Easter is the most important holiday of the Christian calendar, and the week leading up to it is full of the historic adventures of Jesus. But isn’t Christmas of equal or greater importance, some well-intending people might ask? Isn’t a birth just as important as a death?
Why Jesus’ Death is so important
Not in the case of Christ. Since the great prophets of all religions have a birthdate and committed good deeds, Jesus’ birth and his teachings would only earn him the status of a great prophet.
However, he is much more than that. He is God’s only Son, the Messiah, Lord of Lords. Their followers of Mohammed and Buddha attest that their great leaders died and did not come back. Jesus came back. He ascended into heaven and plans to return to earth someday. The Ascension has witnesses; Christ’s resurrection has more than 500 witnesses. The differences between Jesus and the other great prophets concern his death and resurrection. No other prophet ever claimed to be a sacrifice for the wrong-doings of mankind. No other religion claims that their prophet arose from the dead as a sign that we, too, shall rise.
Challenges with teaching kids about Easter
For these reasons, it is important to teach kids about Christ’s death and resurrection at an early age. But there are challenges. First off, Christ’s death was quite violent. How much do we tell children? Second, we’re competing with the Easter Bunny. Will a story about a death be eclipsed by a bunny bearing candy? Finally, Jesus died, arose and ascended over 2,000 years ago. How to we teach that Easter is just as relevant today as it was for the first generation of Christians?
Why short readings during Easter Week are a great idea
They become visible if we make Easter Week a time when we have something to mention to our children every day. A ten-minute lesson daily is often how the most committed Christians relay important material to their children. If you commit to this for Easter Week, you may find you want to continue it as part of your daily lives.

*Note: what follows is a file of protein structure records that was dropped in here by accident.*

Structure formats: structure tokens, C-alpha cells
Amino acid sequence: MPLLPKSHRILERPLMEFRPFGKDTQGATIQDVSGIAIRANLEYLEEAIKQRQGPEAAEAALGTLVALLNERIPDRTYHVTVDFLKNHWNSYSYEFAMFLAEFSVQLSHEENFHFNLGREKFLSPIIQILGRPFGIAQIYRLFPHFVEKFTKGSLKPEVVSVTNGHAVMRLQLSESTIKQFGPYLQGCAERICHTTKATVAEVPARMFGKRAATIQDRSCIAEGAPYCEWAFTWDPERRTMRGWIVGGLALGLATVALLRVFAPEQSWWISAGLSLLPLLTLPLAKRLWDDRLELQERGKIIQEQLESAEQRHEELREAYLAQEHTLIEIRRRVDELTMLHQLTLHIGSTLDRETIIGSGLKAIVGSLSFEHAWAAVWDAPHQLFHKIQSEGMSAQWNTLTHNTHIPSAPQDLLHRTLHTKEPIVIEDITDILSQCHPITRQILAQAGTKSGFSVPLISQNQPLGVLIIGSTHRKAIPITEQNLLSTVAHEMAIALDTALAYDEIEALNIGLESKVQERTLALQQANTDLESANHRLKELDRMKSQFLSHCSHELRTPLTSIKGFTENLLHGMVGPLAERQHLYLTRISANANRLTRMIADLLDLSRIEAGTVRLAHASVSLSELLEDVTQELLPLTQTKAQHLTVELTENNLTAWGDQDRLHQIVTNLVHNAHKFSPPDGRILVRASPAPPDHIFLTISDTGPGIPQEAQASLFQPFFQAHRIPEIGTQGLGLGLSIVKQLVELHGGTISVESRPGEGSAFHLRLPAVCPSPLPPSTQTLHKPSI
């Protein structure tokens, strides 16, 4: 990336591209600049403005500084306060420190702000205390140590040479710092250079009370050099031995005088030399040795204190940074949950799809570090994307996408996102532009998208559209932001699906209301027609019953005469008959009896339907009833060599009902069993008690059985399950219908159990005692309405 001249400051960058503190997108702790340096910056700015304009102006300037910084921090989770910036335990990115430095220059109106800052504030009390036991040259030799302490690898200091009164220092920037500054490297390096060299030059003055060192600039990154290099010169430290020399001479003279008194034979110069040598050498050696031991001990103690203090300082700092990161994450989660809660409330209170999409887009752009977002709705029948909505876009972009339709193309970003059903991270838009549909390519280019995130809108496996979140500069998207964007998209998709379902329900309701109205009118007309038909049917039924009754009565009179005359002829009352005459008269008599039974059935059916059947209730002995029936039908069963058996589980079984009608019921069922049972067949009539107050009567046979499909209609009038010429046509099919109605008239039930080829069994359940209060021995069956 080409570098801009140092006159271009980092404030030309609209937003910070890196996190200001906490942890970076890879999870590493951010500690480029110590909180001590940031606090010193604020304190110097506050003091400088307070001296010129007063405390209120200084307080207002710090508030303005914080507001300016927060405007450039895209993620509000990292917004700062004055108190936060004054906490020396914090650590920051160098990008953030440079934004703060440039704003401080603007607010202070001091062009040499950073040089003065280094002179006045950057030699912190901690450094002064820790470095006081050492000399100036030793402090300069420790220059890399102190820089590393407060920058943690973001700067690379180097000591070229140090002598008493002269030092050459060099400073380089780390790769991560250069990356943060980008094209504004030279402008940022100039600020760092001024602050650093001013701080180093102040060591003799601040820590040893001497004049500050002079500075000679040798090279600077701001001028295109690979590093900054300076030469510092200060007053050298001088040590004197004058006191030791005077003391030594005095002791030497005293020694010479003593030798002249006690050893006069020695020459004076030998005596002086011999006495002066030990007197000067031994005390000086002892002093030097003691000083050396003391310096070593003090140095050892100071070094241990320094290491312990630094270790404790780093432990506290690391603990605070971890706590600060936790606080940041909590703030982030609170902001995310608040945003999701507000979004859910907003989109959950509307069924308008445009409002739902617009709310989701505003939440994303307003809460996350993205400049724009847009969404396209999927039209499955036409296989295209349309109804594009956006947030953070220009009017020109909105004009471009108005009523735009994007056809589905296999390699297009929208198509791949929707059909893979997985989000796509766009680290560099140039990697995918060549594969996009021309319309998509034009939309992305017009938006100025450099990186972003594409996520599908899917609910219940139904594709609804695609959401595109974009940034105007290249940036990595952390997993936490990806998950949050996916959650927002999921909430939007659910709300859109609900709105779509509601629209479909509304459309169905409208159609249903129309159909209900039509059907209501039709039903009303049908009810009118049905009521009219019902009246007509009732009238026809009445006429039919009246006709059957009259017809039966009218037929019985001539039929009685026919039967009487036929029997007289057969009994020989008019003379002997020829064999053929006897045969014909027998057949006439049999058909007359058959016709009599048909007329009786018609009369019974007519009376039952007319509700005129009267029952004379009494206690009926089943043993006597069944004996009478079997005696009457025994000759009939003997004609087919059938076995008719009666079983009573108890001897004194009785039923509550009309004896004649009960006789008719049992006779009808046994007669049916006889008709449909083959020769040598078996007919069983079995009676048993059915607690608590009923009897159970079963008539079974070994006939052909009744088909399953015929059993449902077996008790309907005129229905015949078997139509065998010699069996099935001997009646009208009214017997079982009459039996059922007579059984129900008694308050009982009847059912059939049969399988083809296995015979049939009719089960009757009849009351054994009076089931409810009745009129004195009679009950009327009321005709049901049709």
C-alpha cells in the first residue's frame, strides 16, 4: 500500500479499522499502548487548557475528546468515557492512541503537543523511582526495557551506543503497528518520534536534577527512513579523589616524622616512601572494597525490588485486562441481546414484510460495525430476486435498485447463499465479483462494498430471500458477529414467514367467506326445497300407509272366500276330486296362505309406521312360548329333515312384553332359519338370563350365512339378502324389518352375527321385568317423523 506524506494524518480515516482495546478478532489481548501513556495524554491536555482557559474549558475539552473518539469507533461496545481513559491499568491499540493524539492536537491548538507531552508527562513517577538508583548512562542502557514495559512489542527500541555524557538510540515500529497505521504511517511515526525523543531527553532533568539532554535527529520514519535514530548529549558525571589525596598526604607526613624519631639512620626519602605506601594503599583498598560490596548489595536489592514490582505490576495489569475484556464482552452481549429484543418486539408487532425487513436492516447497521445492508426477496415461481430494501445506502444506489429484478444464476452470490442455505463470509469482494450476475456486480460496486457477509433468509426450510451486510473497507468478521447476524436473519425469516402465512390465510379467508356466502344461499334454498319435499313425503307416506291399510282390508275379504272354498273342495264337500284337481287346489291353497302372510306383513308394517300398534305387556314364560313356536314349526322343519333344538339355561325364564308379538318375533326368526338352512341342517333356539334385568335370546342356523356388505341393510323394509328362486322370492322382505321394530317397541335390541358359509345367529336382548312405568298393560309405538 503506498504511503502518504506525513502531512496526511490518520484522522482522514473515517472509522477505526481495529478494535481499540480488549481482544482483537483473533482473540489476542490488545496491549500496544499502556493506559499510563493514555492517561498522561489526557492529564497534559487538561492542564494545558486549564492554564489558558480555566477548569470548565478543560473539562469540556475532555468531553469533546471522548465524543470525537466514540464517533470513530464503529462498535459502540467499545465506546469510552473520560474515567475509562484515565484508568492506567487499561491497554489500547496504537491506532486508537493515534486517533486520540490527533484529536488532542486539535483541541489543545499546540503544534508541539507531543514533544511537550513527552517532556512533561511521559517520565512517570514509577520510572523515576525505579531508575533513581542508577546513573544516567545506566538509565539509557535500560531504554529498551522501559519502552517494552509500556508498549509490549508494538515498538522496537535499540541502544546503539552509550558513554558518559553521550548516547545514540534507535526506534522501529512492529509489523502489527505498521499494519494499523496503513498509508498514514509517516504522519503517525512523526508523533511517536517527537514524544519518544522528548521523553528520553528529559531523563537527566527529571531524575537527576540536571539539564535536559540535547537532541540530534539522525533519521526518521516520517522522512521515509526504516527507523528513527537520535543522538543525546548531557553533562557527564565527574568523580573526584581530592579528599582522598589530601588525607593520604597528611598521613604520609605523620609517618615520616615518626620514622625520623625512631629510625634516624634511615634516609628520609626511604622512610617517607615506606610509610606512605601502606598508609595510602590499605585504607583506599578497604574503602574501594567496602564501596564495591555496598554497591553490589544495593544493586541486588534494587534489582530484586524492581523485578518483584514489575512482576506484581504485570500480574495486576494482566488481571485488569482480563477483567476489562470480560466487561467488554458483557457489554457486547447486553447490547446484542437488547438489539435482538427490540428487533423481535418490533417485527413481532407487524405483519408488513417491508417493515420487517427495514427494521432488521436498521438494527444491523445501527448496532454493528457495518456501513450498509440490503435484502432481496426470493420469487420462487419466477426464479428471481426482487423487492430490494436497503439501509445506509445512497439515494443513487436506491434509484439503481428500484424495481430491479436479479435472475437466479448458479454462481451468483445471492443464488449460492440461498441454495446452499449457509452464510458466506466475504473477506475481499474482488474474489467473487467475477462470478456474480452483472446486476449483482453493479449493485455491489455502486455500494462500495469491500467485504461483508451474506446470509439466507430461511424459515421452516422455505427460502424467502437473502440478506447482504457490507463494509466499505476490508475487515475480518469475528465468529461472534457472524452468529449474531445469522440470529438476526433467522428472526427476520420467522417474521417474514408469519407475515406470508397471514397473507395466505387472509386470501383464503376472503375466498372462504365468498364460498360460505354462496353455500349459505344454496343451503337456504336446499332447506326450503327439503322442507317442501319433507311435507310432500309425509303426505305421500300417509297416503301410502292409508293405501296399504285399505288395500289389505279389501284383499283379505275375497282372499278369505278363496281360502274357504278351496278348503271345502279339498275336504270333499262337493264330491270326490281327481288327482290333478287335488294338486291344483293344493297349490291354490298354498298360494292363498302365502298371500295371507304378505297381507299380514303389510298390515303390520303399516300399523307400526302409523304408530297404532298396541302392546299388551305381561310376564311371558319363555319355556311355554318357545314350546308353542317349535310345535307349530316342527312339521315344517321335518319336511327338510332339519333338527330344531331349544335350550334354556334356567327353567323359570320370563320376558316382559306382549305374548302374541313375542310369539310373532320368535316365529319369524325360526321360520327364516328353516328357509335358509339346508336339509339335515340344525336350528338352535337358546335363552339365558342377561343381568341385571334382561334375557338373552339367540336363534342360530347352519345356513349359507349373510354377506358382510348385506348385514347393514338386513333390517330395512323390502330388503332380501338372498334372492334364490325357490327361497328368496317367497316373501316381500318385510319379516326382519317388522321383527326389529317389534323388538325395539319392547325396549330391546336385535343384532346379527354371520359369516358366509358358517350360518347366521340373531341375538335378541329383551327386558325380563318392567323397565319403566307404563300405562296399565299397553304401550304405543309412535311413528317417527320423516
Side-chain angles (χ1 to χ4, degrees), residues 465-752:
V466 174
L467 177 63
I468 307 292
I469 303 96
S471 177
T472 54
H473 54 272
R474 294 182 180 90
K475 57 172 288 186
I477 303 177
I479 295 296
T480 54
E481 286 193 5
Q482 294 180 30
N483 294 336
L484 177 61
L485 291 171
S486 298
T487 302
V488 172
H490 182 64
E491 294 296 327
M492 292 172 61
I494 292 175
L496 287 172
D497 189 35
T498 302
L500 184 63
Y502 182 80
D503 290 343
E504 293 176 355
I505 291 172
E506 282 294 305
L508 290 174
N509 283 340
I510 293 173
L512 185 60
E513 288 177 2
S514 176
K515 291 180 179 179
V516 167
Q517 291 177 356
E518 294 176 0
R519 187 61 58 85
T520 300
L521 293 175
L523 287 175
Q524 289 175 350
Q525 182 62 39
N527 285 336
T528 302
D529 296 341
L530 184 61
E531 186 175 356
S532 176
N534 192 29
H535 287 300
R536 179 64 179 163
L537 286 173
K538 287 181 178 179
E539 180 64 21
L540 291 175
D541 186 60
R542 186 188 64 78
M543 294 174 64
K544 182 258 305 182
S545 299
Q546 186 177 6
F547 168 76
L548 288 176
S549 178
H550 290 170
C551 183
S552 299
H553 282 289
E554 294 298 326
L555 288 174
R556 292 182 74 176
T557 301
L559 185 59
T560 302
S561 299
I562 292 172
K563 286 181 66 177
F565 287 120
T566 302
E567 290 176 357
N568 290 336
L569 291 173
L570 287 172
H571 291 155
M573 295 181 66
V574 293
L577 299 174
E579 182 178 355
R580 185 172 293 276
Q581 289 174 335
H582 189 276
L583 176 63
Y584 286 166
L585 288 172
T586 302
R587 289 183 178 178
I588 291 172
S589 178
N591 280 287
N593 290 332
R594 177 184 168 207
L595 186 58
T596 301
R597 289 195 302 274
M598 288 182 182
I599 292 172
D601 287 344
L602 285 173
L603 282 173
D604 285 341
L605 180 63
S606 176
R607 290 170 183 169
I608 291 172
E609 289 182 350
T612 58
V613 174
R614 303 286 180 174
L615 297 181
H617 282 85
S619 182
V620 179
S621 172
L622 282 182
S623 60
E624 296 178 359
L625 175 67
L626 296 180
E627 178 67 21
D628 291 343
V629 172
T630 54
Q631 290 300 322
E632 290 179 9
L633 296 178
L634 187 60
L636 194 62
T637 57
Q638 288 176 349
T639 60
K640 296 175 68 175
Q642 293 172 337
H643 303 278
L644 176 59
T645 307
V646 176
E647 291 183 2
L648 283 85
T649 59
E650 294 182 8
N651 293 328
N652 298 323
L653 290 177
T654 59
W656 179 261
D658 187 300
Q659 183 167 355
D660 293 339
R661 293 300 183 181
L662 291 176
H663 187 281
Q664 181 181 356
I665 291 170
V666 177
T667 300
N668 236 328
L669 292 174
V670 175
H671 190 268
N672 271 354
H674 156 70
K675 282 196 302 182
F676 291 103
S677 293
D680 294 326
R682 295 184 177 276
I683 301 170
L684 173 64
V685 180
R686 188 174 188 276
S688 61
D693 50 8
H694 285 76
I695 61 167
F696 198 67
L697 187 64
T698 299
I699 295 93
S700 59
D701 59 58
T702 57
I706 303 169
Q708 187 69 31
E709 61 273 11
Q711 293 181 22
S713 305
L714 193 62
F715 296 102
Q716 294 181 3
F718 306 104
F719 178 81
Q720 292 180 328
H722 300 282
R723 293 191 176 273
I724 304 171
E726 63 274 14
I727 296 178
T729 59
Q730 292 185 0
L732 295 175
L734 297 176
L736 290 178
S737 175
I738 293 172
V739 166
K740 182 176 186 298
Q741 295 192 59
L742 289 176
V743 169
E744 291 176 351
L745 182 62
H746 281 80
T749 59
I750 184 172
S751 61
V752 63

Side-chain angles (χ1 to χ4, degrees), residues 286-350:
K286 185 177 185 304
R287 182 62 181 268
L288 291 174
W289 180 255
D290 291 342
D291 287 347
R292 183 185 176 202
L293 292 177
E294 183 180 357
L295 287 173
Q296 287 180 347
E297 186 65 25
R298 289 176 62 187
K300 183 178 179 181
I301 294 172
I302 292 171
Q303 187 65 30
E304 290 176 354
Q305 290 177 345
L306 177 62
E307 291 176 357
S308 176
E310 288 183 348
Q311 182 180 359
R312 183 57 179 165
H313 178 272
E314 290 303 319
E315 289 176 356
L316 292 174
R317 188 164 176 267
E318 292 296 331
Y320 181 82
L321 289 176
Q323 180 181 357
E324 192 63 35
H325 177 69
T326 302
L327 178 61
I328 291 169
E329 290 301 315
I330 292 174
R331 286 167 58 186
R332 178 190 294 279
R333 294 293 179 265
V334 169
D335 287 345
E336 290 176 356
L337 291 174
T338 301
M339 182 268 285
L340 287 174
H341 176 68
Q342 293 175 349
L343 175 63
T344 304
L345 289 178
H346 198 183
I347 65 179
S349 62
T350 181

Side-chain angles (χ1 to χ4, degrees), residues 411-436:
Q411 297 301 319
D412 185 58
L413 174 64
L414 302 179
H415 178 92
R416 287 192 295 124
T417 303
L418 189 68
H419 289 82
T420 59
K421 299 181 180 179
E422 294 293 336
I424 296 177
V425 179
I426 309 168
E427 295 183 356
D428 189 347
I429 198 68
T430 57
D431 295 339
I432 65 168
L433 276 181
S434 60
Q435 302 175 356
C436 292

Famous missionary Corrie Ten Boom listened to her father read one chapter of the gospel every morning of her life until his arrest for harboring Jews in Holland during World War II. The Dugger Family, featured in TLC’s 19 Kids and Counting, manage to get all 19 of their young ones together for Bible time every night. Surely if they were inconvenienced by it or were gaining nothing, the parents would decide they had enough on their plates and stop.
The Mini-Challenges: a 10-Minute reading each day during Easter Week
Beginning Monday, the day after Palm Sunday, find a time each day until Easter when your family is relaxed and close to being all together. For some it is breakfast. For others it is after dinner, when the food is settling or when kids are enjoying dessert. For even more, it is the bedtime hour, when homework is finished and bodies are starting to wind down.
At that point, complete that day’s mini-challenge, which includes reading a scripture, reading a short application relating it to today’s world, and finally, having children answer a couple questions about how that part of Easter Week applies particularly to them. Read lively – as if this scripture is the most important story in the universe. Because it is! Close in a short prayer.
You will find that, not only has your family created a cherished memory of regular time spent together, but that Easter is a little more clear and a little more real in your children’s hearts!
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We’d love to hear your thoughts on this Holiday Challenge in the comments below 🙂